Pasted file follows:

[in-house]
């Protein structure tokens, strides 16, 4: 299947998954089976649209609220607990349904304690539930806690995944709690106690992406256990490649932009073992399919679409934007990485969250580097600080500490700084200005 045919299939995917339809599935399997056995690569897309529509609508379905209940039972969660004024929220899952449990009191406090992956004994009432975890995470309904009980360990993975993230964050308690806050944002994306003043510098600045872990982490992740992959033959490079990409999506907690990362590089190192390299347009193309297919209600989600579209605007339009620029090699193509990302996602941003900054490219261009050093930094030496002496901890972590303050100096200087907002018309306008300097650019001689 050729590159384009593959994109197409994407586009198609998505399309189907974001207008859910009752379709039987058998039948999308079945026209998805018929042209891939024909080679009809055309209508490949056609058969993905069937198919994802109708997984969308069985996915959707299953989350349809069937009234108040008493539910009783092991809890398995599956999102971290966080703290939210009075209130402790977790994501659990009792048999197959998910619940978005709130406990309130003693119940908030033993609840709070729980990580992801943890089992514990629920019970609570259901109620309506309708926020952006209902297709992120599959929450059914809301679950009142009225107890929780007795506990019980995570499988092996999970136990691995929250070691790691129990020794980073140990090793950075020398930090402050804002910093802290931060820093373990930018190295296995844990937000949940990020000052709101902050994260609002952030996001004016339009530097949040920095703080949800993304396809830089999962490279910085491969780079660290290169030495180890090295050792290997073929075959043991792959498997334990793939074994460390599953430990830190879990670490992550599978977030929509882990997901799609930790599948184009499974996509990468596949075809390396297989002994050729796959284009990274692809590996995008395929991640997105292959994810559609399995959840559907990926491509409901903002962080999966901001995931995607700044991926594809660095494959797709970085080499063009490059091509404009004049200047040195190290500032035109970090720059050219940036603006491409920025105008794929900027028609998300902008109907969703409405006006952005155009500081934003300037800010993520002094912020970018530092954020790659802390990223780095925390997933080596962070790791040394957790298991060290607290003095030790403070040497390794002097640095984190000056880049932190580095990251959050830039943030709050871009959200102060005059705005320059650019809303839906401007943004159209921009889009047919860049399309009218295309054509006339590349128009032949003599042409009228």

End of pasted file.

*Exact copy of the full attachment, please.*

[in-house]
């Protein structure tokens, strides 16, 4: 299947998954089976649209609220607990349904304690539930806690995944709690106690992406256990490649932009073992399919679409934007990485969250580097600080500490700084200005 045919299939995917339809599935399997056995690569897309529509609508379905209940039972969660004024929220899952449990009191406090992956004994009432975890995470309904009980360990993975993230964050308690806050944002994306003043510098600045872990982490992740992959033959490079990409999506907690990362590089190192390299347009193309297919209600989600579209605007339009620029090699193509990302996602941003900054490219261009050093930094030496002496901890972590303050100096200087907002018309306008300097650019001689 050729590159384009593959994109197409994407586009198609998505399309189907974001207008859910009752379709039987058998039948999308079945026209998805018929042209891939024909080679009809055309209508490949056609058969993905069937198919994802109708997984969308069985996915959707299953989350349809069937009234108040008493539910009783092991809890398995599956999102971290966080703290939210009075209130402790977790994501659990009792048999197959998910619940978005709130406990309130003693119940908030033993609840709070729980990580992801943890089992514990629920019970609570259901109620309506309708926020952006209902297709992120599959929450059914809301679950009142009225107890929780007795506990019980995570499988092996999970136990691995929250070691790691129990020794980073140990090793950075020398930090402050804002910093802290931060820093373990930018190295296995844990937000949940990020000052709101902050994260609002952030996001004016339009530097949040920095703080949800993304396809830089999962490279910085491969780079660290290169030495180890090295050792290997073929075959043991792959498997334990793939074994460390599953430990830190879990670490992550599978977030929509882990997901799609930790599948184009499974996509990468596949075809390396297989002994050729796959284009990274692809590996995008395929991640997105292959994810559609399995959840559907990926491509409901903002962080999966901001995931995607700044991926594809660095494959797709970085080499063009490059091509404009004049200047040195190290500032035109970090720059050219940036603006491409920025105008794929900027028609998300902008109907969703409405006006952005155009500081934003300037800010993520002094912020970018530092954020790659802390990223780095925390997933080596962070790791040394957790298991060290607290003095030790403070040497390794002097640095984190000056880049932190580095990251959050830039943030709050871009959200102060005059705005320059650019809303839906401007943004159209921009889009047919860049399309009218295309054509006339590349128009032949003599042409009228």